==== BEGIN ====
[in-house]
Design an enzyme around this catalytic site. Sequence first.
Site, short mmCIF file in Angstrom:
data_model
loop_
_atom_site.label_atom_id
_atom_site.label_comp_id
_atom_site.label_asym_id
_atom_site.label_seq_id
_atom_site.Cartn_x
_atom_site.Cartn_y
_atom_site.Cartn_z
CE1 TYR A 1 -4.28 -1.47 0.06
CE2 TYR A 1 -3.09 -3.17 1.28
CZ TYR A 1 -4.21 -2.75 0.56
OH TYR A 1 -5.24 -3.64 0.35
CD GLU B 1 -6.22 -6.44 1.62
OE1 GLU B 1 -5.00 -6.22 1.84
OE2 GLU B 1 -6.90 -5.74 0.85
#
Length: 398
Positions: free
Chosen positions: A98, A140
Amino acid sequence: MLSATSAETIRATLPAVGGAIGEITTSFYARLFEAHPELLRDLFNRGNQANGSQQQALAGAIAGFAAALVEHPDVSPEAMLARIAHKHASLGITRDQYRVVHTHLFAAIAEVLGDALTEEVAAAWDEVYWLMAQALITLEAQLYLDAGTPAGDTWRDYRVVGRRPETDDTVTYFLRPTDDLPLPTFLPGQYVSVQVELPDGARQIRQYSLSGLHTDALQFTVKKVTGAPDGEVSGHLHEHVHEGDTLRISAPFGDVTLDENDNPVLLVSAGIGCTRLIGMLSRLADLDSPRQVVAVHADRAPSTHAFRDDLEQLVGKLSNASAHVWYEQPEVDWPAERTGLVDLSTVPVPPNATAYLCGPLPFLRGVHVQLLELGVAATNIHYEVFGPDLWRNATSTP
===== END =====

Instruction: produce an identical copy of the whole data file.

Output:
[in-house]
Design an enzyme around this catalytic site. Sequence first.
Site, short mmCIF file in Angstrom:
data_model
loop_
_atom_site.label_atom_id
_atom_site.label_comp_id
_atom_site.label_asym_id
_atom_site.label_seq_id
_atom_site.Cartn_x
_atom_site.Cartn_y
_atom_site.Cartn_z
CE1 TYR A 1 -4.28 -1.47 0.06
CE2 TYR A 1 -3.09 -3.17 1.28
CZ TYR A 1 -4.21 -2.75 0.56
OH TYR A 1 -5.24 -3.64 0.35
CD GLU B 1 -6.22 -6.44 1.62
OE1 GLU B 1 -5.00 -6.22 1.84
OE2 GLU B 1 -6.90 -5.74 0.85
#
Length: 398
Positions: free
Chosen positions: A98, A140
Amino acid sequence: MLSATSAETIRATLPAVGGAIGEITTSFYARLFEAHPELLRDLFNRGNQANGSQQQALAGAIAGFAAALVEHPDVSPEAMLARIAHKHASLGITRDQYRVVHTHLFAAIAEVLGDALTEEVAAAWDEVYWLMAQALITLEAQLYLDAGTPAGDTWRDYRVVGRRPETDDTVTYFLRPTDDLPLPTFLPGQYVSVQVELPDGARQIRQYSLSGLHTDALQFTVKKVTGAPDGEVSGHLHEHVHEGDTLRISAPFGDVTLDENDNPVLLVSAGIGCTRLIGMLSRLADLDSPRQVVAVHADRAPSTHAFRDDLEQLVGKLSNASAHVWYEQPEVDWPAERTGLVDLSTVPVPPNATAYLCGPLPFLRGVHVQLLELGVAATNIHYEVFGPDLWRNATSTP